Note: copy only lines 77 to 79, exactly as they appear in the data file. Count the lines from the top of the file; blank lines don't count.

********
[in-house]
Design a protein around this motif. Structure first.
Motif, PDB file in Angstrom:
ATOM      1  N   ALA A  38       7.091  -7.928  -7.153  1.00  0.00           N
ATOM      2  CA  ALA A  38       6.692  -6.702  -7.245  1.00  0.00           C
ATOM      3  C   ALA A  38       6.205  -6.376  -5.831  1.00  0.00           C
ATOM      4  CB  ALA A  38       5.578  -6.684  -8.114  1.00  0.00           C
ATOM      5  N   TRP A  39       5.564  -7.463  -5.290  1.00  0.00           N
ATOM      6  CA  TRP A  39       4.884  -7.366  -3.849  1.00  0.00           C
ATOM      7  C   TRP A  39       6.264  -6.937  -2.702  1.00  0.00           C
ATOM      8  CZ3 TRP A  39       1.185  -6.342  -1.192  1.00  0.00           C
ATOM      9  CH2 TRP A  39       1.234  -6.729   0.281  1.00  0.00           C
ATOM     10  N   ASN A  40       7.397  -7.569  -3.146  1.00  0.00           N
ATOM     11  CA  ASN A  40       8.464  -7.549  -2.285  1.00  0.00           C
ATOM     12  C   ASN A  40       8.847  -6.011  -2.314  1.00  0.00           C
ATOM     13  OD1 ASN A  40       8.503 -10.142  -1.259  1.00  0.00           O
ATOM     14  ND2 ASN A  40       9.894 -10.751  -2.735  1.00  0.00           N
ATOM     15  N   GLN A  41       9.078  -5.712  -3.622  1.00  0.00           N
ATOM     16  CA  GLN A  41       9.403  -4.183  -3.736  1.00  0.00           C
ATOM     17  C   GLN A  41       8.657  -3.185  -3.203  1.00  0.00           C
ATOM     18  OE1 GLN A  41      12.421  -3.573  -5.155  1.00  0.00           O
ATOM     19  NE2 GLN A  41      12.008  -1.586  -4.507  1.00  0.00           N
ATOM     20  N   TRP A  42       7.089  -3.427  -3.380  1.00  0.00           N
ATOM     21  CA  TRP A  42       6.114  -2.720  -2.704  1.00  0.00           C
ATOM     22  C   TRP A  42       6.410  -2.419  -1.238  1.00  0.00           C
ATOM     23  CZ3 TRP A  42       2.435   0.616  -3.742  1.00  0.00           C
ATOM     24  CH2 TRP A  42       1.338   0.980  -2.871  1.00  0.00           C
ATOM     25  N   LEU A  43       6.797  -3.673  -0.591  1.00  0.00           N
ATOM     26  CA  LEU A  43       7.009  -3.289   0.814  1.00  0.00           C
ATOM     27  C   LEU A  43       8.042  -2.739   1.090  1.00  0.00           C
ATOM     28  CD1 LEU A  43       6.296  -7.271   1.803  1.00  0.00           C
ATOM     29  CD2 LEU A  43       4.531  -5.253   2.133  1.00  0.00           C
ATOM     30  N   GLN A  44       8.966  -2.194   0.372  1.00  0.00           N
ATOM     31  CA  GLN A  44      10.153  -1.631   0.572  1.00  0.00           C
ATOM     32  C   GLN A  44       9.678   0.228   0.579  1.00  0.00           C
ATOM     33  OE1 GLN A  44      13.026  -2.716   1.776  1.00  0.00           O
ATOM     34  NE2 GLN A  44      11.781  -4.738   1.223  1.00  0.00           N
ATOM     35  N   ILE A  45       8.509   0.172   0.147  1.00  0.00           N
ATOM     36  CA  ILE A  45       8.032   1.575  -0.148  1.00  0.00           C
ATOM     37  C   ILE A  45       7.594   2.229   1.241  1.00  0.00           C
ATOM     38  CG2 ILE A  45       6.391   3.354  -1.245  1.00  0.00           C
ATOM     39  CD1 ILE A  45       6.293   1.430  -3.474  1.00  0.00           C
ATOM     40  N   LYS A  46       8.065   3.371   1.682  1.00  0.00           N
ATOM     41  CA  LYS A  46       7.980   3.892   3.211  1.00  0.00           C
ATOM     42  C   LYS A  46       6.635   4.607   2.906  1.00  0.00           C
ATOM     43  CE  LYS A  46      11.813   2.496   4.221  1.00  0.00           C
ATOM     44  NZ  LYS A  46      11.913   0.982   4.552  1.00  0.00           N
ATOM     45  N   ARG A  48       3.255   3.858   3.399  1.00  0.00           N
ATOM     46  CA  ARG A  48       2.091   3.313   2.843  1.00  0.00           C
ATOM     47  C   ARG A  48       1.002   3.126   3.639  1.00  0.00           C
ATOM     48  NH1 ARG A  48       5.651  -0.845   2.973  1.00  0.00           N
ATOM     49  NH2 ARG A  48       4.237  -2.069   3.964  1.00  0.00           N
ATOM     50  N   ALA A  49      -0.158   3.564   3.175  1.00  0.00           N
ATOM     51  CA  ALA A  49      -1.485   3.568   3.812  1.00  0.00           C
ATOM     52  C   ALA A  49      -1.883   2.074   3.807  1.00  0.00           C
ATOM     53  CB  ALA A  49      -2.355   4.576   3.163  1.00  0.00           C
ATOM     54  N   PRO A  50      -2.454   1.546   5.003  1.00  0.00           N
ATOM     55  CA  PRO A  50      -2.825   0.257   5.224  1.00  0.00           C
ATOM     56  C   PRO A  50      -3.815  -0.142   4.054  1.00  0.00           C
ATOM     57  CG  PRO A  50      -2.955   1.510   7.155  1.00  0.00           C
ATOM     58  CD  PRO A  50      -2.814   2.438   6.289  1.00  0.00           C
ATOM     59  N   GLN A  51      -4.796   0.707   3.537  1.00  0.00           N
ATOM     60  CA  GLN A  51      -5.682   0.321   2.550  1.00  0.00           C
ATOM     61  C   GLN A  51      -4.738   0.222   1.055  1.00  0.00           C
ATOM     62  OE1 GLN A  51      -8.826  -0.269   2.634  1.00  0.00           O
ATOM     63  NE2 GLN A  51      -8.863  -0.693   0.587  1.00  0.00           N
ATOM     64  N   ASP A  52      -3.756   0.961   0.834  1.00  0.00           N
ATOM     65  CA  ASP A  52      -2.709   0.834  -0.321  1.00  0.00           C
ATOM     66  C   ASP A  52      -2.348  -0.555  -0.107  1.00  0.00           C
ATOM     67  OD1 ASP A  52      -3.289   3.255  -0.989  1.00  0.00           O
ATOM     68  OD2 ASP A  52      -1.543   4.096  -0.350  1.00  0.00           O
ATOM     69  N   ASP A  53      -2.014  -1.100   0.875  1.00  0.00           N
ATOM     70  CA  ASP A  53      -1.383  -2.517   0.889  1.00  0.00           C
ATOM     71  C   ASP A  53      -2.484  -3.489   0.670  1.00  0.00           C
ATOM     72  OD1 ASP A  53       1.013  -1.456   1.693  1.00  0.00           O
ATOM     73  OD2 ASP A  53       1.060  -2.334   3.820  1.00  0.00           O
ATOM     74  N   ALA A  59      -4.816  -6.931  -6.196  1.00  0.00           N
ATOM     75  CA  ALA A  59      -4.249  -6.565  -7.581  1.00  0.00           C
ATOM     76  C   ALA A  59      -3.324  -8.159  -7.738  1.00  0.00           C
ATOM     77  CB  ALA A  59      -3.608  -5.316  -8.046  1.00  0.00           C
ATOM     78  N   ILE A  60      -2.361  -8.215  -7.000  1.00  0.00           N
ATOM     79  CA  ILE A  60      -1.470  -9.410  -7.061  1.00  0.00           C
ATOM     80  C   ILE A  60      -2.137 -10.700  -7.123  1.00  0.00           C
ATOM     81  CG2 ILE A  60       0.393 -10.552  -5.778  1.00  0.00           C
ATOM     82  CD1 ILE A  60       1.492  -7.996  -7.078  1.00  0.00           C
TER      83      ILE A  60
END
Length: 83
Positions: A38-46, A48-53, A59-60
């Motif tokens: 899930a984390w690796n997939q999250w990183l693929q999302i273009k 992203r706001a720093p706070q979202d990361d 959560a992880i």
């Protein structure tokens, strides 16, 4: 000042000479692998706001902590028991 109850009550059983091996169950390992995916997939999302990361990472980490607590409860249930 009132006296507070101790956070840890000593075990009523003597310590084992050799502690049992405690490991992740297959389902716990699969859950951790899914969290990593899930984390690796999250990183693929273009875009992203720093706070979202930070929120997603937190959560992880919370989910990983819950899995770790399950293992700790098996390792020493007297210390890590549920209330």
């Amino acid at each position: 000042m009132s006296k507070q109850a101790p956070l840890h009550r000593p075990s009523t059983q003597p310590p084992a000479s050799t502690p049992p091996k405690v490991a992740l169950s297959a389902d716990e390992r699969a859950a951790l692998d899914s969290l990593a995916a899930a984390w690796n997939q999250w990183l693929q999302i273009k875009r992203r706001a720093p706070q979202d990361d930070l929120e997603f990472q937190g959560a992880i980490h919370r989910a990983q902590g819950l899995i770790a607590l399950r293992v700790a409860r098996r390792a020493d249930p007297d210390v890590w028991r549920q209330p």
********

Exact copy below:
ATOM     74  N   ALA A  59      -4.816  -6.931  -6.196  1.00  0.00           N
ATOM     75  CA  ALA A  59      -4.249  -6.565  -7.581  1.00  0.00           C
ATOM     76  C   ALA A  59      -3.324  -8.159  -7.738  1.00  0.00           C